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Djákninn á Myrká: The Deacon of Myrká (Dark River): Iceland
Once upon a time a deacon who lived at Myrká, in Egafjördur was in love with Gudrún. Gudrún lived in a farm on the opposite side of the valley, separated from his house by a river. Shortly before Christmas he rode out to the farm and and invited her to join the Christmas festivities at Myrká, promising to arrive on Christmas Eve. It was dangerously icy outside with some parts of the river beginning to thaw. The deacon rode back home over the ice, but it broke under him and he was drowned in the river below. The next morning a neighboring farmer saw the deacon’s horse without a rider and found the body of the deacon on the river bank. He was buried in the churchyard a week before Christmas.

 On Christmas Eve the swollen river subsided and Gudrún dressed in her best clothes. She heard a knock at the door. A maid opened the door, but saw noone there. Gudrún rushed down and opened the door. The deacon, without a word, placed Gudrún on his horse and mounted in front of her. They rode to the frozen river. The horse walked onto the ice and leapt over the black and rapid stream which flowed in the middle. The head of the deacon fell forward, so that his hat fell over his eyes, and Gudrún saw a large patch of bare skull gleam white in the midst of his hair. A cloud moved away from the moon, and the deacon said:
The moon glides, Death rides, Seest thou not the white place In the back of my head? Garún, Garún? [note: ghosts cannot use the name of a God (Gúd)]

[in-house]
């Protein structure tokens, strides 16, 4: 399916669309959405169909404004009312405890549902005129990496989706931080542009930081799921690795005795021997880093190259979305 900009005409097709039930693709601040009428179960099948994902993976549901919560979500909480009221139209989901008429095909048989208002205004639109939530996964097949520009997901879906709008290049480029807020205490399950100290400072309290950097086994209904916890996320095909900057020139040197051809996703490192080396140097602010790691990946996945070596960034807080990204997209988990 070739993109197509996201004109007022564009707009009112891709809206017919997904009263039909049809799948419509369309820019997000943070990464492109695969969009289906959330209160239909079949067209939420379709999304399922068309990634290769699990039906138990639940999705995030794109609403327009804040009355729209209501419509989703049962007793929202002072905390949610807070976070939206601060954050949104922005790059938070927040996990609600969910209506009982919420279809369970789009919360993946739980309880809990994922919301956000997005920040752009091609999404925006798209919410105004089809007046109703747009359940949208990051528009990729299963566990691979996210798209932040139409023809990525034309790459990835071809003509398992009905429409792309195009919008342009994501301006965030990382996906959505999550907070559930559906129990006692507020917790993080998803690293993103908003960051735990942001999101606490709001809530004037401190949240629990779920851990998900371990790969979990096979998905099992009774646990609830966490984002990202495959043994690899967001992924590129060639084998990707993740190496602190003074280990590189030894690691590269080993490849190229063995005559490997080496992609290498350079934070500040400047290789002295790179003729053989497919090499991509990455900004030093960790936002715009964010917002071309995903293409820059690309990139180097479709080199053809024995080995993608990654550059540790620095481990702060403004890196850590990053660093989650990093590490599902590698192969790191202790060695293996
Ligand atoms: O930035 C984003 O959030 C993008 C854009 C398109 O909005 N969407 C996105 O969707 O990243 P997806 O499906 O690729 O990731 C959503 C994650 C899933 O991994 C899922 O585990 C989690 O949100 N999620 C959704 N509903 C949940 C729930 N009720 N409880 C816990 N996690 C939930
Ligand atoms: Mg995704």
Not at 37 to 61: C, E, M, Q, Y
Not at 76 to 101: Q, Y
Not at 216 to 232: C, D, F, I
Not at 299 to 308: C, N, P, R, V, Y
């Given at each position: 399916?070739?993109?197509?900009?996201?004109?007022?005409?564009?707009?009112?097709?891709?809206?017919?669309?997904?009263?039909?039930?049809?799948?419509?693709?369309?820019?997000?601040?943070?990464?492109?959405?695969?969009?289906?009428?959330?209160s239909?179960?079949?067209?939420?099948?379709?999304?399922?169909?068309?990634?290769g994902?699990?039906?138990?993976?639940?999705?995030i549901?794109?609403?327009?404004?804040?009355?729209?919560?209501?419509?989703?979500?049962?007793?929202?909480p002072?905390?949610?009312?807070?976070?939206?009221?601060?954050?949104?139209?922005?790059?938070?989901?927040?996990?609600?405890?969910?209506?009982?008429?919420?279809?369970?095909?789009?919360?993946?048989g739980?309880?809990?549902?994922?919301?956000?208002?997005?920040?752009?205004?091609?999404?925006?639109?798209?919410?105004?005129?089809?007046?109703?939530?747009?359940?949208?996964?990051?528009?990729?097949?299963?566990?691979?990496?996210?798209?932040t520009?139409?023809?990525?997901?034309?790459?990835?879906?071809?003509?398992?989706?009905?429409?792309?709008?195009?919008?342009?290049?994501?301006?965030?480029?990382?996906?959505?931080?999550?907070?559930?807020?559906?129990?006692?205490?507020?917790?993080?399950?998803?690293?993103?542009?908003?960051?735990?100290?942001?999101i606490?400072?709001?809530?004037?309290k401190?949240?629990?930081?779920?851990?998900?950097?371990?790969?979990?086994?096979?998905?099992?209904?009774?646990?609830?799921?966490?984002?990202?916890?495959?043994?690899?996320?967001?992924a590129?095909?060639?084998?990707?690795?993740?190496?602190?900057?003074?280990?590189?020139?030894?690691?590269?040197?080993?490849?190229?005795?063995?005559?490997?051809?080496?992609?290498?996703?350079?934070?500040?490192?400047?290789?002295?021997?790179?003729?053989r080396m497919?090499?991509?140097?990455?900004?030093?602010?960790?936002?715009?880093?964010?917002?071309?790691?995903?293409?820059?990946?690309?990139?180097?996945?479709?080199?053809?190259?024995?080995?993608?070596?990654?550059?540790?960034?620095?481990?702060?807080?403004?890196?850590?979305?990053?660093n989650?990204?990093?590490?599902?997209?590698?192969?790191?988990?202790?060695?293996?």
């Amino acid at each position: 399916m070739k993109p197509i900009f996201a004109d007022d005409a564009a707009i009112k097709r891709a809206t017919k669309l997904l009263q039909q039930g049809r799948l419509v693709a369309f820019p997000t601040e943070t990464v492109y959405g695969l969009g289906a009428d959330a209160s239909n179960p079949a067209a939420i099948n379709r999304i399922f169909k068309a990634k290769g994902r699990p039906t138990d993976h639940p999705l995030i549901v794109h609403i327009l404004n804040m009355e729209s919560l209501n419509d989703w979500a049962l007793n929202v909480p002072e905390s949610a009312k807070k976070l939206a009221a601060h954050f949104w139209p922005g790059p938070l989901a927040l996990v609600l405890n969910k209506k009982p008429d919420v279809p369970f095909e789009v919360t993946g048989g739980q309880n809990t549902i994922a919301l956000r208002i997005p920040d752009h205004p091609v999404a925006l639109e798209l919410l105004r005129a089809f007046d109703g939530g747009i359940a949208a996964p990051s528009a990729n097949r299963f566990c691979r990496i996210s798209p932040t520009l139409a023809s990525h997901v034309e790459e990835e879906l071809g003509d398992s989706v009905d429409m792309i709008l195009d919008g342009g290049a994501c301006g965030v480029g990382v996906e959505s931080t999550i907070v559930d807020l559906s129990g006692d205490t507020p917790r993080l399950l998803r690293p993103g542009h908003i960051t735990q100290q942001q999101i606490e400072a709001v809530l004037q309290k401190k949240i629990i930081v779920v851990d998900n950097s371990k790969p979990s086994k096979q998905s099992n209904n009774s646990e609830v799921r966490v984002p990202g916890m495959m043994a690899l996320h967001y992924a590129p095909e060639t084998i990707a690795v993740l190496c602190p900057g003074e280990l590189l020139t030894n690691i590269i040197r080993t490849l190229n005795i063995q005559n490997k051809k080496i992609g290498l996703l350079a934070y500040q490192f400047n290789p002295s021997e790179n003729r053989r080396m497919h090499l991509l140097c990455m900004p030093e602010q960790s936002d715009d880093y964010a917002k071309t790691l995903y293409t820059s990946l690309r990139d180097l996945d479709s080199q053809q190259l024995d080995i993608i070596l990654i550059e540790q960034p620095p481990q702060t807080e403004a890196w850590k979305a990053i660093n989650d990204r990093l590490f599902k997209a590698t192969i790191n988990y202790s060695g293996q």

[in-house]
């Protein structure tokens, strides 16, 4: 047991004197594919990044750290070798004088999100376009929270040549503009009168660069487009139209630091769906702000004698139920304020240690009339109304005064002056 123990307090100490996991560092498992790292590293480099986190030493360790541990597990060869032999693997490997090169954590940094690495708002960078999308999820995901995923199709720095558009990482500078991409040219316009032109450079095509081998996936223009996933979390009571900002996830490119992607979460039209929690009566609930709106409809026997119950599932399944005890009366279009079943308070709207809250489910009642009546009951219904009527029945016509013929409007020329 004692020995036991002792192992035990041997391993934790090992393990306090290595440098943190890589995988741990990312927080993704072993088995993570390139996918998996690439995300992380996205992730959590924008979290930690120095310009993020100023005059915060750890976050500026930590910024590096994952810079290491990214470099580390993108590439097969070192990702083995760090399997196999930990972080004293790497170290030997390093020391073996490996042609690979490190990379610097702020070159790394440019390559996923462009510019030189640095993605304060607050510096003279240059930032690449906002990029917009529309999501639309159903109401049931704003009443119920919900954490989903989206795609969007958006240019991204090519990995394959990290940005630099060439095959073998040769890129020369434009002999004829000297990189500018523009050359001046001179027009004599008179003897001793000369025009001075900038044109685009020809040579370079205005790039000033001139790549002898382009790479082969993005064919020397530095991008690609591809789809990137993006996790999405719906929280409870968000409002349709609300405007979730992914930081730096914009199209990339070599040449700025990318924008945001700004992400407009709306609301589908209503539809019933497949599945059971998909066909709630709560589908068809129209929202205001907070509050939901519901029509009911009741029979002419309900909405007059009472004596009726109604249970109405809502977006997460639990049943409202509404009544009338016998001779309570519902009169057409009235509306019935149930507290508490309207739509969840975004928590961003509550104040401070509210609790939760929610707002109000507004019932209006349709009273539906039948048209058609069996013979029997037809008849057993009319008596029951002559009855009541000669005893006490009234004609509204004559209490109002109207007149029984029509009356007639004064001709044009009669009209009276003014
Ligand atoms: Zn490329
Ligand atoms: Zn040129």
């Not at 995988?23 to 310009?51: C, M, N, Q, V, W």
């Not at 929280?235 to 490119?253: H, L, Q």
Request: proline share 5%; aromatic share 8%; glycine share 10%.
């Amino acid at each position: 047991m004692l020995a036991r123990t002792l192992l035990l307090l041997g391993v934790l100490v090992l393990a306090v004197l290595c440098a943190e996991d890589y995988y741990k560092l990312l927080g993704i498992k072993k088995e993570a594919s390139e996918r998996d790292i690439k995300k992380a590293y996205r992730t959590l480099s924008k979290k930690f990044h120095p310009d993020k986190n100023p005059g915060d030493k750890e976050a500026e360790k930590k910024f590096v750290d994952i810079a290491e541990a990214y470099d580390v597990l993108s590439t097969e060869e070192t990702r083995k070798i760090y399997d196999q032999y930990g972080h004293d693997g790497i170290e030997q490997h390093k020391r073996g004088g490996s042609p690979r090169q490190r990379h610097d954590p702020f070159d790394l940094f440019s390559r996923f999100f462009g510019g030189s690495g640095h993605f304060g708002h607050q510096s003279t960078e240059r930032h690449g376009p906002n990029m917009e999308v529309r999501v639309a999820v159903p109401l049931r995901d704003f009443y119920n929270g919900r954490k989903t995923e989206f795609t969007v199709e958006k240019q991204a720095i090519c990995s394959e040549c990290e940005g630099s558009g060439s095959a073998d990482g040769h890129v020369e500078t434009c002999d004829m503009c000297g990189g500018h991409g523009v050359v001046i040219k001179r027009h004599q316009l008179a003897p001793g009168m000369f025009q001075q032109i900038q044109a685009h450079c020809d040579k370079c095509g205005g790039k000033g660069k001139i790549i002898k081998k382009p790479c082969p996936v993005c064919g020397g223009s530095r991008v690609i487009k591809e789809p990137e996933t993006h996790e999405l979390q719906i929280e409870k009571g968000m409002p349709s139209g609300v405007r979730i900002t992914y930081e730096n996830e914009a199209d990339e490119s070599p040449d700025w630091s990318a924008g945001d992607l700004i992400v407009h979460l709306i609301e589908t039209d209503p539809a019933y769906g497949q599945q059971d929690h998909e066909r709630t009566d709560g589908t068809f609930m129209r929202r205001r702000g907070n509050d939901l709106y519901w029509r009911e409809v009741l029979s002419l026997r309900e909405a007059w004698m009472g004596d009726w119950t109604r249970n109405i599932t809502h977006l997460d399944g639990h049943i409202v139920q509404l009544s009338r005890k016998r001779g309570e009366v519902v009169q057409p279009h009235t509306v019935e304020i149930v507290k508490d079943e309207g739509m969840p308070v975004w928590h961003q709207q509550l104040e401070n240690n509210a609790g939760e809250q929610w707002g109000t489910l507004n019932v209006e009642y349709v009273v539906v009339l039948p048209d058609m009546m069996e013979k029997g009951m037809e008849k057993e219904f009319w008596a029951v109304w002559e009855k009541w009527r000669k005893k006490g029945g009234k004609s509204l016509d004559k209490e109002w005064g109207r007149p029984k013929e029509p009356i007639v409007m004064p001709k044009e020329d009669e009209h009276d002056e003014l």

At Myrká, the deacon told her to wait for him as he tended his horse. Gudrún saw an open grave in the churchyard, ran to the church porch, seized the rope, and tolled the bells . She felt someone pull at her cloak and tear it away. Turning round, she saw the deacon jump into the grave, cloak in hand. Heaps of earth on both sides fell in over him. The villagers came and Gudrún got shelter at Myrká.
 That night as she lay sleeping the deacon rose from the grave and tried to drag her away. This was repeated every night for two weeks, and Gudrún could never be left alone or the goblin deacon might snatch her. A neighboring priest came and sat on the edge of her bed, reading the Psalms of David to protect her. Nothing worked until they sent for a man from the north country, skilled in witchcraft, who dug up a large stone from the field, and placed it in the middle of the guest room at Myrká. When the deacon rose that night and came into the house to torment Gudrún, this man seized him, and by uttering potent spells over him, forced him beneath the stone and exorcised him, so that there he lies in peace to this day. (8)

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